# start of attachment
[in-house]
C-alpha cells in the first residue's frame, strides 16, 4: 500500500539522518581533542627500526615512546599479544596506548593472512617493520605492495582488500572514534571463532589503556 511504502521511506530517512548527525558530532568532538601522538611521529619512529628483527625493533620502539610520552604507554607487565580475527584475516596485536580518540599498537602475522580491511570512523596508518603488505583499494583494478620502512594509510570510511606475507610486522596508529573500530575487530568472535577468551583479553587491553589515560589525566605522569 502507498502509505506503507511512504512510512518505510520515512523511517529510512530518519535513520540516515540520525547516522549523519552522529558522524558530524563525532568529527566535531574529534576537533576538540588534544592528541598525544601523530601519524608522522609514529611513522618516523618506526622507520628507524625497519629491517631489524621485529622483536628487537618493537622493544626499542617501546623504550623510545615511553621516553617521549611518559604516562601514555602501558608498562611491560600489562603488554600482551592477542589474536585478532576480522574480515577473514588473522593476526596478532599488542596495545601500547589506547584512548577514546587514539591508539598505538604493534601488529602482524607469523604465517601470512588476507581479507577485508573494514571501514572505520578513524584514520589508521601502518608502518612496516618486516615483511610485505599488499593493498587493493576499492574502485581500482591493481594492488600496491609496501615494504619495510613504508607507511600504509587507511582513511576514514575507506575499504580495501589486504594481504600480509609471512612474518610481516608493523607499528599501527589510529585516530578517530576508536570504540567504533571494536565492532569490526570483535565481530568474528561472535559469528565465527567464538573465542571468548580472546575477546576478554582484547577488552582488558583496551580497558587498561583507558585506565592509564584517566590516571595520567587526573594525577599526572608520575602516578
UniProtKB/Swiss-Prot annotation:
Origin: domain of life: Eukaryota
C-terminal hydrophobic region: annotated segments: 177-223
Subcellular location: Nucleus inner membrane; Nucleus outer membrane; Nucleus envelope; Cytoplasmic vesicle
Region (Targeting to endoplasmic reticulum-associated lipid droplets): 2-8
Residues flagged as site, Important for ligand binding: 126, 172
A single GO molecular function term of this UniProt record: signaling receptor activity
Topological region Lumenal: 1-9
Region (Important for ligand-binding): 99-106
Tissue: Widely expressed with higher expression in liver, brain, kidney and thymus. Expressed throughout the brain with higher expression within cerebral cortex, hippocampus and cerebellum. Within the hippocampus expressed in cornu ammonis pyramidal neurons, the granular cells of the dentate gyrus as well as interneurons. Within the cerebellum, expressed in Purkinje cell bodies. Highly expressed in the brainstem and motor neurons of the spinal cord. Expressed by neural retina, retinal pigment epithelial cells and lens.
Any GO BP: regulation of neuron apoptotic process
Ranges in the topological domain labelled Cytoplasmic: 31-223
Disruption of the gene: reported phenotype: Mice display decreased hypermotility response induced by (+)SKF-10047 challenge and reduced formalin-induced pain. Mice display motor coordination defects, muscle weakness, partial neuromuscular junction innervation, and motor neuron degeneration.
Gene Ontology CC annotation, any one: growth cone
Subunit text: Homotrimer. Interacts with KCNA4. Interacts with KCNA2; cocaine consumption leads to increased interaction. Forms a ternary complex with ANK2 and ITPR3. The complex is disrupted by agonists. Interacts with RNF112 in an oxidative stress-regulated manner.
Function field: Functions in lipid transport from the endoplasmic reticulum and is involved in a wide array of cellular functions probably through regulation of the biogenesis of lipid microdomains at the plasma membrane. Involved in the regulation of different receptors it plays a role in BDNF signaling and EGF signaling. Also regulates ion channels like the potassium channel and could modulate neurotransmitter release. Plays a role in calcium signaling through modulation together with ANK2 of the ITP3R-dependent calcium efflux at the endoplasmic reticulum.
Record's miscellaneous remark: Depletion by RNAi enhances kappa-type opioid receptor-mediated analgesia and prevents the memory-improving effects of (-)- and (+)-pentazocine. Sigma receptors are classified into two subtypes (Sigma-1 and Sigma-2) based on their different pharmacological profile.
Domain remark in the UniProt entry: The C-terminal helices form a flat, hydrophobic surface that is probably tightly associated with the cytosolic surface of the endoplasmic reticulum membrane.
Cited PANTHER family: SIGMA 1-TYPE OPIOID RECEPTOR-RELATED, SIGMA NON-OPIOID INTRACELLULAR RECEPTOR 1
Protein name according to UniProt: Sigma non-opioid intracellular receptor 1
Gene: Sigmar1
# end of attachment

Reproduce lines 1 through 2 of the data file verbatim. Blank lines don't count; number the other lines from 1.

[in-house]
C-alpha cells in the first residue's frame, strides 16, 4: 500500500539522518581533542627500526615512546599479544596506548593472512617493520605492495582488500572514534571463532589503556 511504502521511506530517512548527525558530532568532538601522538611521529619512529628483527625493533620502539610520552604507554607487565580475527584475516596485536580518540599498537602475522580491511570512523596508518603488505583499494583494478620502512594509510570510511606475507610486522596508529573500530575487530568472535577468551583479553587491553589515560589525566605522569 502507498502509505506503507511512504512510512518505510520515512523511517529510512530518519535513520540516515540520525547516522549523519552522529558522524558530524563525532568529527566535531574529534576537533576538540588534544592528541598525544601523530601519524608522522609514529611513522618516523618506526622507520628507524625497519629491517631489524621485529622483536628487537618493537622493544626499542617501546623504550623510545615511553621516553617521549611518559604516562601514555602501558608498562611491560600489562603488554600482551592477542589474536585478532576480522574480515577473514588473522593476526596478532599488542596495545601500547589506547584512548577514546587514539591508539598505538604493534601488529602482524607469523604465517601470512588476507581479507577485508573494514571501514572505520578513524584514520589508521601502518608502518612496516618486516615483511610485505599488499593493498587493493576499492574502485581500482591493481594492488600496491609496501615494504619495510613504508607507511600504509587507511582513511576514514575507506575499504580495501589486504594481504600480509609471512612474518610481516608493523607499528599501527589510529585516530578517530576508536570504540567504533571494536565492532569490526570483535565481530568474528561472535559469528565465527567464538573465542571468548580472546575477546576478554582484547577488552582488558583496551580497558587498561583507558585506565592509564584517566590516571595520567587526573594525577599526572608520575602516578